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Growing Shortage of Some Rx Drugs

WebMD Examines the Impact of a Shortage of Chemotherapy and Other Drugs in Hospitals and Pharmacies

Treatment Delays

In addition to deaths, the drug shortage has led to other complications. The ISMP report notes that some patients receiving rationed amounts of certain anesthesia drugs have had awareness of the operation during surgical procedures. Other adverse events due to dosing errors and treatment delays have been reported.

“Treatments have been delayed, clinical trials have been interrupted, surgeries have had to be rescheduled, and transplants postponed,” says Ali McBride, PharmD, a clinical pharmacy specialist at the Alvin J. Siteman Cancer Center at Barnes-Jewish Hospital in St. Louis. “It’s a horrible position to be in.”

Many cancer centers have had to prioritize who gets the available supplies of drugs like doxorubicin, carmustine, vincristine, bleomycin, and leucovorin -- all commonly used chemotherapy drugs that have been in short supply.

“When it became clear that we had a limited supply of bleomycin, and that our supply would run out if we didn’t manage it appropriately, we had to triage what patient groups and diagnoses would be the most important to make sure they had that drug,” says Jeffrey Smerage, MD, PhD, a breast oncologist at the University of Michigan’s Comprehensive Cancer Center. “What diseases is this considered a curative therapy for? Those patients are high priority, because at some point you lose that option.”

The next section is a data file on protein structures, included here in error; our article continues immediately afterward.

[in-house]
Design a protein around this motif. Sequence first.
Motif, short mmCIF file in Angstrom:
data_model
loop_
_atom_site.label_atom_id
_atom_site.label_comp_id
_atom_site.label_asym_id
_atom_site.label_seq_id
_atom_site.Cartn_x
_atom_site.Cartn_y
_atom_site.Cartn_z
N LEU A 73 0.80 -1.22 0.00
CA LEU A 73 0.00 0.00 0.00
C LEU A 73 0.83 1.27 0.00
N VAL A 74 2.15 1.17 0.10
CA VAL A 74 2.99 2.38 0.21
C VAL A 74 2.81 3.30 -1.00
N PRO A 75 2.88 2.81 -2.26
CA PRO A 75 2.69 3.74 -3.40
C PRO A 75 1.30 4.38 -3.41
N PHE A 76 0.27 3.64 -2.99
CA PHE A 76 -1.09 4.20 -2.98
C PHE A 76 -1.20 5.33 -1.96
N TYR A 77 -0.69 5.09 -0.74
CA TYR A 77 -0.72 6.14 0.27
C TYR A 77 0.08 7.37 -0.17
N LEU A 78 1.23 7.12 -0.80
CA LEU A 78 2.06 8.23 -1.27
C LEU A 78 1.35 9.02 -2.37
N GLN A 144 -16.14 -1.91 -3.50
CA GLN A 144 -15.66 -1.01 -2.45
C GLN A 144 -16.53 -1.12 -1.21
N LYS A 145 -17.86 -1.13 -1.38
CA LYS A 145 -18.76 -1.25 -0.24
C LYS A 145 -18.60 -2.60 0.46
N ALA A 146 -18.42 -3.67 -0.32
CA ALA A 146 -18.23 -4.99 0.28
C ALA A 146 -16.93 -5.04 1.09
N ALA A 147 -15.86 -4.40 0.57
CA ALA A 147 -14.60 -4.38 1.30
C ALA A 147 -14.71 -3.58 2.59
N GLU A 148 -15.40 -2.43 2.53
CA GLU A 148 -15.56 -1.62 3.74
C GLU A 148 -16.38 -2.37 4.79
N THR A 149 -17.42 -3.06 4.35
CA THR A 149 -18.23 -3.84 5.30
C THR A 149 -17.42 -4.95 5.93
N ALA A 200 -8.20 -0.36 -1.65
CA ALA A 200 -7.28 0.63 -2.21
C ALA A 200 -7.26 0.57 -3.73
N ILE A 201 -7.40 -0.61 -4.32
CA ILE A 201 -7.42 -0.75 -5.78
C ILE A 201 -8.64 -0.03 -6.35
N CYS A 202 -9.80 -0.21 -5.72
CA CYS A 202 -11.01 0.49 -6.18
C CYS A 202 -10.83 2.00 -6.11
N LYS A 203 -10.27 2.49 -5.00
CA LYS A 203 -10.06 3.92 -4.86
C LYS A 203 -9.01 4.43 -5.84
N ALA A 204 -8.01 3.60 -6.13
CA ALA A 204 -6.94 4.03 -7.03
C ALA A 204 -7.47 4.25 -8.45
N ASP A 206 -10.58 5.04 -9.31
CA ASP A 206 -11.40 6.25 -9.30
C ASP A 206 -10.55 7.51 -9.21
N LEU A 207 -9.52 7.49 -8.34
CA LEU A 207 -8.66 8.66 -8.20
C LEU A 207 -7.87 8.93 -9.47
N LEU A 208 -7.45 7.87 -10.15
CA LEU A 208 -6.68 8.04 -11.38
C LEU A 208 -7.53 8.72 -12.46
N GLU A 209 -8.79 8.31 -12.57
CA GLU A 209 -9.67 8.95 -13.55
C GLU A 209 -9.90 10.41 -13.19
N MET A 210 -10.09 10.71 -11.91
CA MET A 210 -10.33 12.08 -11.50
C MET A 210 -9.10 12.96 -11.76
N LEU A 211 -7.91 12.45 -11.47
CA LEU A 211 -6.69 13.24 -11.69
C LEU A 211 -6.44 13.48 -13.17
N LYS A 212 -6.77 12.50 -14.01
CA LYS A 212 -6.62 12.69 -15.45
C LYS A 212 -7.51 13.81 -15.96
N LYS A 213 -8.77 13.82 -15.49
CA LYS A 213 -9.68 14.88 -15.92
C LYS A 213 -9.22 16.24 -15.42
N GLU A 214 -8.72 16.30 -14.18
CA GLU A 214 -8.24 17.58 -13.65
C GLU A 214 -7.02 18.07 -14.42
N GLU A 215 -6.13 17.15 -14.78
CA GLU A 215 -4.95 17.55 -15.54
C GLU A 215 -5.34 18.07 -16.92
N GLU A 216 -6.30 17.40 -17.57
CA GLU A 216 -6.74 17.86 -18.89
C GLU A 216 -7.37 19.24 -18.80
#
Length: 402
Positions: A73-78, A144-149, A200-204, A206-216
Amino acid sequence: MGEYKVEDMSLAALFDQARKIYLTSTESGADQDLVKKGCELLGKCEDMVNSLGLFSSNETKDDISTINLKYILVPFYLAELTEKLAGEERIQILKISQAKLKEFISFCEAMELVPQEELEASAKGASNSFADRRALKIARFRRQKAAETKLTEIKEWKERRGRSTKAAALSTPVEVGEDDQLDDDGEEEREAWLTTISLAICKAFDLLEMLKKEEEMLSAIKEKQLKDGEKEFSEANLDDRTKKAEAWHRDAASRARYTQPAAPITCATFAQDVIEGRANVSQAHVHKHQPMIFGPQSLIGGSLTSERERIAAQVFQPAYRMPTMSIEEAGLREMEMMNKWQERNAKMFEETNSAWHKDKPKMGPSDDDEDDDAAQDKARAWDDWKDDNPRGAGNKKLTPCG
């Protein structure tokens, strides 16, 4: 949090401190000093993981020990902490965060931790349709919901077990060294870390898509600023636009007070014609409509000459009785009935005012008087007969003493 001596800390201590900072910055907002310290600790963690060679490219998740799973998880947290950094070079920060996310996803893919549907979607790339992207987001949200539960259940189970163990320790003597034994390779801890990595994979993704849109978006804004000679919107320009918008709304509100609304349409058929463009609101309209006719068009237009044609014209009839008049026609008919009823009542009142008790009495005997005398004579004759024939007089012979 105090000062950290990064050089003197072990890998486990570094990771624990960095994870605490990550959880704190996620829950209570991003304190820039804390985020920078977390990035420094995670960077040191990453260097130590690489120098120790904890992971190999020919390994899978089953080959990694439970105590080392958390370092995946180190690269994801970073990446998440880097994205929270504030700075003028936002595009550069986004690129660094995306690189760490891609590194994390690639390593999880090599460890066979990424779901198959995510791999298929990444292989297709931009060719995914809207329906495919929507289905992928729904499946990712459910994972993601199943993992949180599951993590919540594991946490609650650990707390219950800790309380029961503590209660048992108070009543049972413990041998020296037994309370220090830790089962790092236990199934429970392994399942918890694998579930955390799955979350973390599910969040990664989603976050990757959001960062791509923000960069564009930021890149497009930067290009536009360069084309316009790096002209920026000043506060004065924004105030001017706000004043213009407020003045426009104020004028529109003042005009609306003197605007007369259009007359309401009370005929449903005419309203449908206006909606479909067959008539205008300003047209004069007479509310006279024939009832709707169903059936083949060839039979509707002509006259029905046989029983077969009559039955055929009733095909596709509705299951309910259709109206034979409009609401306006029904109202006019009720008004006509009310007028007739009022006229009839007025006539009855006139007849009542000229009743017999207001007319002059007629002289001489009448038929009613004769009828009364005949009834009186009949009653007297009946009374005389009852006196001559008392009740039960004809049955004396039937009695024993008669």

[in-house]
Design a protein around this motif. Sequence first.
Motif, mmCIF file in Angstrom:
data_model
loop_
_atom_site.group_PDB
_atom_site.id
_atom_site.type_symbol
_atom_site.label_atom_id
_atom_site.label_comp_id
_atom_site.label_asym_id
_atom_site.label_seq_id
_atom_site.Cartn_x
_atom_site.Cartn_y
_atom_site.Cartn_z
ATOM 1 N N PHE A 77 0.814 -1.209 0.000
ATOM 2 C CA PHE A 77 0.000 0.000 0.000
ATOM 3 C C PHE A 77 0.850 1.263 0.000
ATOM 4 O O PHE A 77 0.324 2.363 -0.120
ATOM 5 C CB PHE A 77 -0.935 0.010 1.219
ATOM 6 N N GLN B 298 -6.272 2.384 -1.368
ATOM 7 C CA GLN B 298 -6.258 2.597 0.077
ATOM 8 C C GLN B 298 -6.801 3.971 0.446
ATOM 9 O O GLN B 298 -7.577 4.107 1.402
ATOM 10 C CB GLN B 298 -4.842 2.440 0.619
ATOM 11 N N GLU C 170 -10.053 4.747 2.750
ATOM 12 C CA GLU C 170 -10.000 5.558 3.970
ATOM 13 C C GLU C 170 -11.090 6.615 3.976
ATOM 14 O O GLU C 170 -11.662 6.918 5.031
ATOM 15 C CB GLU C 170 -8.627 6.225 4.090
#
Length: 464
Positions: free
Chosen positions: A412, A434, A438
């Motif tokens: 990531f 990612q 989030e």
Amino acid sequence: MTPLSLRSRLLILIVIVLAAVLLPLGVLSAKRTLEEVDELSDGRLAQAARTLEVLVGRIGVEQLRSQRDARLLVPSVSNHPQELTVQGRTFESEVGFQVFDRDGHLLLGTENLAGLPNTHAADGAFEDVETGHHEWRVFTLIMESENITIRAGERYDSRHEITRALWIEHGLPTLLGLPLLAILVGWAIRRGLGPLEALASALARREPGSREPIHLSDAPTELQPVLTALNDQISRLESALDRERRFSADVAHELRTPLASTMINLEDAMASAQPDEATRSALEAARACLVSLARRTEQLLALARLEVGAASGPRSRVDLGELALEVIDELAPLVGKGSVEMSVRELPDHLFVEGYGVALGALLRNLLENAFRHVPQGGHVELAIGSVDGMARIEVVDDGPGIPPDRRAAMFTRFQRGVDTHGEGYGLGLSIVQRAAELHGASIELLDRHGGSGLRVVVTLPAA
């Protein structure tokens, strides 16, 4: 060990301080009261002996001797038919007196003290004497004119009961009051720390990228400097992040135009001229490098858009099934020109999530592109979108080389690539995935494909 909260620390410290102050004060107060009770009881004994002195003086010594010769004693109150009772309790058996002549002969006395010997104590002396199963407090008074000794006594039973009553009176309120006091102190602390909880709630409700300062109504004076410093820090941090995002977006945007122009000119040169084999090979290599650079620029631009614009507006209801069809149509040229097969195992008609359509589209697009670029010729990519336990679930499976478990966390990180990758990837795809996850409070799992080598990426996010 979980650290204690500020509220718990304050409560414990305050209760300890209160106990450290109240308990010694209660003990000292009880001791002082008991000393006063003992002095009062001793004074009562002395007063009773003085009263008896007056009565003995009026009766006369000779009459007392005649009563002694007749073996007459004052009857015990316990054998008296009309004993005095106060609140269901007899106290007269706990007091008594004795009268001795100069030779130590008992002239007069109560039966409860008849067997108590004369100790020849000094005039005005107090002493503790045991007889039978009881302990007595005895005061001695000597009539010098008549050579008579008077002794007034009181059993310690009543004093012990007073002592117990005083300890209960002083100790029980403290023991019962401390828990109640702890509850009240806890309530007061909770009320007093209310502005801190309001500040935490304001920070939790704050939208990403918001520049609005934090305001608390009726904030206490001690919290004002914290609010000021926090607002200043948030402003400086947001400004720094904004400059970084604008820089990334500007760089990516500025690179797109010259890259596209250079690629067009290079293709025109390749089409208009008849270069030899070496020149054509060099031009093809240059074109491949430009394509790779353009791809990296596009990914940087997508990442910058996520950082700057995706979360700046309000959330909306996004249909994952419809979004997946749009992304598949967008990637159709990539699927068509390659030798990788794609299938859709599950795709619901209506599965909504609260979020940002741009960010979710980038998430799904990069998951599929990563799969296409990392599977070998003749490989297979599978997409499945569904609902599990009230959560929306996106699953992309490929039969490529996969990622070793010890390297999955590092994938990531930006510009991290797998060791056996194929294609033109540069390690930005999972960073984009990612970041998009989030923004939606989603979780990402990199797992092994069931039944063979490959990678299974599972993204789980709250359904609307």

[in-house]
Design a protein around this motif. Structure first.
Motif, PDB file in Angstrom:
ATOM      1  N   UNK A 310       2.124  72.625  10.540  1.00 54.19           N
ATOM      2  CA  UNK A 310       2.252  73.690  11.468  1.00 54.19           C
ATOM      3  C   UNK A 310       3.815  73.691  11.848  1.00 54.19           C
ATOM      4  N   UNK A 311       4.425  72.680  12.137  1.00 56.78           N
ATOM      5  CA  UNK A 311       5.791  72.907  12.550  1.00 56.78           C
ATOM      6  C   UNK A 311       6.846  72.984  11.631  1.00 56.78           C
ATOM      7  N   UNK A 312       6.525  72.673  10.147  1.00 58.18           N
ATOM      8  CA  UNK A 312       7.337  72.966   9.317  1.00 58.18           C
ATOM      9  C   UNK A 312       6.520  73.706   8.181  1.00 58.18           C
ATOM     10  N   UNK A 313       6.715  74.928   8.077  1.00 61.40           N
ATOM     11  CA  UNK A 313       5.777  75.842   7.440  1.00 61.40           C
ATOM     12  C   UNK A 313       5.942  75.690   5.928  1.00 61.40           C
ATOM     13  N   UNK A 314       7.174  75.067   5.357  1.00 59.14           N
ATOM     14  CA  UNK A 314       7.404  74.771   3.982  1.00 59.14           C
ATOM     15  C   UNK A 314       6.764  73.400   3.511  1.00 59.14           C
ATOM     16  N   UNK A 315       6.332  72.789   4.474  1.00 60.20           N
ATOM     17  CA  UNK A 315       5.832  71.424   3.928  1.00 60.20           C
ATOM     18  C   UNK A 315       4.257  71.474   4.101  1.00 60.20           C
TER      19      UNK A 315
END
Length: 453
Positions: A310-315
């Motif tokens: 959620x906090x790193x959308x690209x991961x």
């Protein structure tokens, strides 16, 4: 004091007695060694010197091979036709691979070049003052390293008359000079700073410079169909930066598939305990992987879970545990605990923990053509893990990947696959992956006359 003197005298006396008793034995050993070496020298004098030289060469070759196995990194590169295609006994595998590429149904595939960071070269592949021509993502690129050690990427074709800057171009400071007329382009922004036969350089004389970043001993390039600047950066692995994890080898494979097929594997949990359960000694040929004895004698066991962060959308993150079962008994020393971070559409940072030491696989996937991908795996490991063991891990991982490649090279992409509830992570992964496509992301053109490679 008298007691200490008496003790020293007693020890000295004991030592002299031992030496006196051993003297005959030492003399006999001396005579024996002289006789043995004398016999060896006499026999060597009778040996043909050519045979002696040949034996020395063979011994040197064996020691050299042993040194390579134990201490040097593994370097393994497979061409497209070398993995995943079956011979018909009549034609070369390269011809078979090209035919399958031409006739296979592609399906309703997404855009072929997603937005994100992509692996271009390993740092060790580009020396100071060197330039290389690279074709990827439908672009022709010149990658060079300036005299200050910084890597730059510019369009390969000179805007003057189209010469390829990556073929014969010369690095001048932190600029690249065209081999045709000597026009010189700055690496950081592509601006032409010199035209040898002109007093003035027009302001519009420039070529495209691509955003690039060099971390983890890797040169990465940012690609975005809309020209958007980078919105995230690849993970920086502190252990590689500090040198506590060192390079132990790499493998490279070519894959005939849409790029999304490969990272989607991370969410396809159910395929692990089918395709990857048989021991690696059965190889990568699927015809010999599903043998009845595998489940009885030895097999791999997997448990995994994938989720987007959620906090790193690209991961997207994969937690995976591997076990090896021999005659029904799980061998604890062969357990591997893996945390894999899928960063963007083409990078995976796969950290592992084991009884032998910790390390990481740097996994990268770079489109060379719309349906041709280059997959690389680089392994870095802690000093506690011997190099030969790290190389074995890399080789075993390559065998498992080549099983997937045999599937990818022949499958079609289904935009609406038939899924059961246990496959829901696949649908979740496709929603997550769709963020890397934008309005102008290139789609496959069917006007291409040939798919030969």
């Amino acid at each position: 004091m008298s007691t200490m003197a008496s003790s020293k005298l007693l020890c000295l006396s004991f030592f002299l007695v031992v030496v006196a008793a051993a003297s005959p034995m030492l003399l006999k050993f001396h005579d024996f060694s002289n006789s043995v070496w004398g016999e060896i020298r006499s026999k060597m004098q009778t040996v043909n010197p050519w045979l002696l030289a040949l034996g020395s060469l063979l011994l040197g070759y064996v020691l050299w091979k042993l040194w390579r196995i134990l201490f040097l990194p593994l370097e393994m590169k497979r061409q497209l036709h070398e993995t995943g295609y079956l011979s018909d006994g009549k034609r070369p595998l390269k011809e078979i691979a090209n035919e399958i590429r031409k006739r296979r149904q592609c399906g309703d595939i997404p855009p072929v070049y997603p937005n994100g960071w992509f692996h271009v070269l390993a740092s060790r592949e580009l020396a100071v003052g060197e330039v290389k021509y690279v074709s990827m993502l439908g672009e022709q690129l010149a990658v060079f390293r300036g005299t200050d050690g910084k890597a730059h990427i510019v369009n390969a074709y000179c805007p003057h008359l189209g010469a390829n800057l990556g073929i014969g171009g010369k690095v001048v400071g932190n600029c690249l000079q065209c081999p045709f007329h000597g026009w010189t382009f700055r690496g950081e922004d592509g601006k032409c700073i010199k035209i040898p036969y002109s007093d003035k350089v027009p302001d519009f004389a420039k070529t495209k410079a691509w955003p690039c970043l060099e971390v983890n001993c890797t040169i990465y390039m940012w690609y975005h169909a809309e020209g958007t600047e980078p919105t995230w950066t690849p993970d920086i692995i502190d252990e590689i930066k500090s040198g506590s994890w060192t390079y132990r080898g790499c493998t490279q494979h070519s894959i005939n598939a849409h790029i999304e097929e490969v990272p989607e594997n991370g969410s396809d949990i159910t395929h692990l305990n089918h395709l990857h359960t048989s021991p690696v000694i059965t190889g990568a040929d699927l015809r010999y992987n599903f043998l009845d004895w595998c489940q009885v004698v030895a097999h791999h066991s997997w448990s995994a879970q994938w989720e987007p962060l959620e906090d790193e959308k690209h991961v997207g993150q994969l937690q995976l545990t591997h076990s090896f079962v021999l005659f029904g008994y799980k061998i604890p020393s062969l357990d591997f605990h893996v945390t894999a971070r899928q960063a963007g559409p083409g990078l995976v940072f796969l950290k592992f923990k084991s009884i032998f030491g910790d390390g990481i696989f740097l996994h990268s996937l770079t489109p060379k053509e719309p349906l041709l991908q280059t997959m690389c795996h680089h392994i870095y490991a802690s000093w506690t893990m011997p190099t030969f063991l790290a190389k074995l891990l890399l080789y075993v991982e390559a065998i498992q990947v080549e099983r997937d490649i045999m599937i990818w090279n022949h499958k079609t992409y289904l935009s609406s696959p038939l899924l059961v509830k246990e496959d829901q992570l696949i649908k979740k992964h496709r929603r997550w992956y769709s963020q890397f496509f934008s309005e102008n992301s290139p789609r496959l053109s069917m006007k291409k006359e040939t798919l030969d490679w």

And as of the second week in February, the cancer center is completely out of carmustine, a chemotherapy drug used to treat several types of cancer. “Yes, there are other drugs that can be used, but I can’t say how good those other options are,” Smerage says.

Reasons for Drug Shortage

Why are so many drugs in such short supply? Most of the drugs that are scarce are generic medications, with only a handful of manufacturers supplying them -- sometimes only one or two. When a problem affects one company’s supply chain, such as contamination or limited raw materials, they may have to shut down production for a period of time, and other manufacturers may not be able to pick up the slack.

Part of the problem, says Bona Benjamin, director of medication use quality improvement at the American Society of Health System Pharmacists, is that drugmakers are not required by law to alert the FDA when they expect a shortage. “If the FDA knows about a shortage ahead of time, they have more latitude to get plans in place and work with other firms to start ramping up production,” she says. “We’ve heard that FDA has been able to avert about a dozen shortages after getting early word of supply problem. But that’s an exception to the rule.”

In early February, Sen. Amy Klobuchar, D-Minn. and Sen. Bob Casey, D-Pa., introduced the Preserving Access to Life-Saving Medications Act, which will require prescription drug manufacturers to give early notification to the FDA of any incident that would likely result in a drug shortage.

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